David Frank (aka Fraslund) has been working on a medieval Castle layout for most of the last year and he finally unveiled it at BrickCon. His work was nothing short of breath-taking. The level of detail was stunning and I discovered incredible new details everytime I looked it over. David is definitely a builder to be reckoned with. Take time to examine all of his pictures of this creation, both wide-angle and closeups. You won’t be disappointed.
First unveiled at Emerald City Comicon earlier this year, I’ve been itching to blog this gorgeous Batcave by Carlyle Livingston II and Wayne Hussey for nearly six months. Batman’s headquarters is built from over 20,000 parts, took more than 800 hours over twelve weeks to build, and weighs more than 100 pounds. The entire cave is beautifully lit up with lights.
Carlyle & Wayne’s Batcave includes four motors to operate a variety of features — the turntable for the Batmobile, a rotating costume/weapons selection wall, and the Batplane’s lift.
These detail shots show off some of the wonderful lighting effects and underground landscaping integrated into the Batcave.
This photo of Carlyle & Wayne with their masterpiece gives you a good sense of the scale of this massive structure. Wayne looks justifiably pleased with himself.
Here’s what Wayne & Carlyle have to say about their build:
This project marks the first collaborative build between Carlyle and Wayne, with several more queued for future development. The features of this build include the Cave itself with what we think is the most “cave-ish” cave ever constructed. Added to that we have an operating turntable for the Batmobile, a moving costume/weapons selection wall and the BatPlane Lift. Surrounding all of this is the remarkable lighting effects that bring our BatCave to life.
Check out Carlyle’s photoset on Flickr for lots more pictures, including work-in-progress pics that show how the builders put the Batcave together.
As people upload their BrickCon photos and pics of the LEGO models they waited to premier in person at the con, we’ll be highlighting the ones that caught our eye.
The only thing more impressive than Blair Amos‘s mustache at BrickCon this weekend was his mecha. His “Reaper” multiped mech incorporates a truly unique canopy. Blair says the canopy is a “windshield from inside [an] airplane cockpit — the first piece of the whole build. [It] has three oddly placed stud-size holes where the screws go in.” Nice!
Earlier today at BrickCon 2012 here in Seattle, LEGO unveiled 10937 Arkham Asylum. The set includes
1,351 1,619 pieces, will cost $160, and is due out in January 2013.
UPDATE: 10937 Arkham Asylum Breakout is now available!
10937 Batman™ – Arkham Asylum Breakout
Ages 14+. 1,351 pieces.
US $159.99 CA $209.99 DE 159.99€ UK 129.99 £ DK 1399.00 DKK
The villains have broken out of Arkham Asylum and must be stopped!
Sound the alarm! The Joker, The Penguin, Poison Ivy and Scarecrow have escaped from Arkham Asylum with the help of Dr. Harleen Quinzel. These villains are about to wreak havoc in the streets of Gotham City! Help Caped Crusaders Batman™ and Robin swoop into action and put those good-for-nothing criminals back where they belong! Chase after the security van as it breaks through the gothic gates! Then throw each villain back behind bars in 8 highly detailed rooms. Includes 8 minifigures: Batman™, Robin, The Joker, The Penguin, Poison Ivy, Dr. Harleen Quinzel, Scarecrow and a guard, all with assorted weapons or accessories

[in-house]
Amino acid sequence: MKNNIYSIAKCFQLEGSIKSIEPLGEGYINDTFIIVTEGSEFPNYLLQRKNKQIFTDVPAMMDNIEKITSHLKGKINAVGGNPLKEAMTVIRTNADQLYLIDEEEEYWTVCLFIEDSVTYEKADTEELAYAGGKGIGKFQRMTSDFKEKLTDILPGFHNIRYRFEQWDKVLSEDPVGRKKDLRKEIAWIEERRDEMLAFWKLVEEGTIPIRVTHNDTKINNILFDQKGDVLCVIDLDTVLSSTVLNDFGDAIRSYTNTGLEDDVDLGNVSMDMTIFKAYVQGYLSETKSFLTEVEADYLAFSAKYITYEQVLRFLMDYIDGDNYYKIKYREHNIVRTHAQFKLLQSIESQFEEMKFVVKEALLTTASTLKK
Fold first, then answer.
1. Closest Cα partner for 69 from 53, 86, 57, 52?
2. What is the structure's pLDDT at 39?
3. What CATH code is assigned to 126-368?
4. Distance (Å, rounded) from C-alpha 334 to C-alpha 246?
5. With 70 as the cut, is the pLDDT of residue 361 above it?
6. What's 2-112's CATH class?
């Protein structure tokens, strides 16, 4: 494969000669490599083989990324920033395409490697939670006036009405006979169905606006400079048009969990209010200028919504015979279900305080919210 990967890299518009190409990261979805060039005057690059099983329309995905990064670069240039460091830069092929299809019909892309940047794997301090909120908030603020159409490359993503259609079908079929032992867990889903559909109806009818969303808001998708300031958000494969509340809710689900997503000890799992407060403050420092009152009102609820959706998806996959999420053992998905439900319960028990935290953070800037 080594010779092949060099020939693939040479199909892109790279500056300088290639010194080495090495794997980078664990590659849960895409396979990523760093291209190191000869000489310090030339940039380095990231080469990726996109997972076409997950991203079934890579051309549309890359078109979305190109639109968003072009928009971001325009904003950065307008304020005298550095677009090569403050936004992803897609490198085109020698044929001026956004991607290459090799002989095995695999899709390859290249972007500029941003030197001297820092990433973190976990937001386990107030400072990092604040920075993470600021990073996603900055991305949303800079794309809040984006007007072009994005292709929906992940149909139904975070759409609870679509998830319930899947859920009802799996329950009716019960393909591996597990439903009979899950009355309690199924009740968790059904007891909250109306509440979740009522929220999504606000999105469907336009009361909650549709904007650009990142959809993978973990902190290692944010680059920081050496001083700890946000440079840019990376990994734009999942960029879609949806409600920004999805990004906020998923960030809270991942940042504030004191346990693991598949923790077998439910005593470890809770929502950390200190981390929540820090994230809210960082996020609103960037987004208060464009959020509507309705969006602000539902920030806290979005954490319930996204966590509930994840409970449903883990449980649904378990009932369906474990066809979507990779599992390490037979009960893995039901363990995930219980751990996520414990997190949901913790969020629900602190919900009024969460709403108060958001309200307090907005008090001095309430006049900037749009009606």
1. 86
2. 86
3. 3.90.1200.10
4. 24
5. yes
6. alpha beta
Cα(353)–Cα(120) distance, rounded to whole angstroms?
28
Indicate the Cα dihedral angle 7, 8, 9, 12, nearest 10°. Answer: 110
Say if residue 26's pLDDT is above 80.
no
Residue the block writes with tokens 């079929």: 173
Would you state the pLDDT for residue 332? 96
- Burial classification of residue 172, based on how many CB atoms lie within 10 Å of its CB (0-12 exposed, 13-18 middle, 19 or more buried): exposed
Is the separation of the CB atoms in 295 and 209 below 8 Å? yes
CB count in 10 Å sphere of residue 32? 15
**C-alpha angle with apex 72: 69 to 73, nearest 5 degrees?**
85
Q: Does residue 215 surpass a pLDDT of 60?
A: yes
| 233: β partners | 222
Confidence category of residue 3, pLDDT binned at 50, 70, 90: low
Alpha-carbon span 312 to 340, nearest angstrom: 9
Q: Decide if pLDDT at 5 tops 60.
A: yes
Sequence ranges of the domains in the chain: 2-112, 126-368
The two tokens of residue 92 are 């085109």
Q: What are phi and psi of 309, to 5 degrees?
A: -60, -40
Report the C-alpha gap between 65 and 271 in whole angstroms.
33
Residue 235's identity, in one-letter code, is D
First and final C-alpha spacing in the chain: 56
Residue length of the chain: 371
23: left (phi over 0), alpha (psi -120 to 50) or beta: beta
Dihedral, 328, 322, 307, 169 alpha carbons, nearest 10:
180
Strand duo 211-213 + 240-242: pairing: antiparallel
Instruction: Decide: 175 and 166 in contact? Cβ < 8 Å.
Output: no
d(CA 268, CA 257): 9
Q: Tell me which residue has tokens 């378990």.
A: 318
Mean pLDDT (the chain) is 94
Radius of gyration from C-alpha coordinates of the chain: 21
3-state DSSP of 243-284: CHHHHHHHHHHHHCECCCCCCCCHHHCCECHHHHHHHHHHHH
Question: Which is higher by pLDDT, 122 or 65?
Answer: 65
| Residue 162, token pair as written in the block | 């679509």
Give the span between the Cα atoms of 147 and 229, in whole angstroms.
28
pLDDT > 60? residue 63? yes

- Includes 8 minifigures: Batman™, Robin, The Joker, The Penguin, Poison Ivy, Dr. Harleen Quinzel, Scarecrow and a guard, all with assorted weapons
- Features Arkham Asylum, security gate, gothic décor, moss, vines and ice elements
- Vehicles include security van
- Security van features opening back doors, removable roof and stretcher
- Arkham Asylum features opening cell doors, special Poison Ivy cell with transparent doors, the Mr. Freeze icy tower room, the Dr. Harleen Quinzel office and changing room, medical treatment room and security reception area
- Security gate features opening double doors and security camera
- Weapons include Batarang and kendo stick
- Recapture the villains!
- Break through the gate with the security van!
- Open all of the cell doors and let the villains out!
- Unleash The Joker from his cage restraints in the security van!
- Arkham Asylum measures over 12″ (32cm) high, 13″ (34cm) wide and 5″ (14cm) deep
- Security van measures over 2″ (7cm) high, 5″ (13cm) long and 2″ (6cm) wide
- Security gate measures over 5″ (12cm) high and 9″ (24cm) wide
Chris took a shot of the new wing piece you can see behind the angels:
While some other LEGO conventions have individual builders reserve their own table space, BrickCon is all about large-scale collaborative displays. Each year since 2008, The Brothers Brick has sponsored a display, ranging from a highly coordinated zombie apocalypse to our anything-goes celebration of all things Japanese.
Last year, we tried something even more anarchic than a zombie apocalypse — a totally unstructured experiment in planetary colonization — which we think came together fairly well, so we’re going to try it again this year, as “Numereji 2422″.
As we said last year:
Our hope for the Numereji 2421 display at BrickCon 2011 is that the contributors will be free to create their vision of what kind of community would develop from a group of crash survivors isolated for a generation, and how their reconnection with other space travelers would play out.
We worked up quite a backstory and suggested lots of inspiration last year, but many potential contributors said they didn’t really get the concept until they’d seen the actual display at BrickCon (ah, the consequences of an experiment in anarchy!). Here are a few links to help refresh your memory:
- Photos on Flickr
- Basic timeline and planetary backdrop
- Official backstory
- Inspiration and ideas
- Building standards (if you want/need them)
Naturally, there are many other opportunities to contribute to a display in whatever way works best for your building style or preferred theme. Here are a few of our favorites: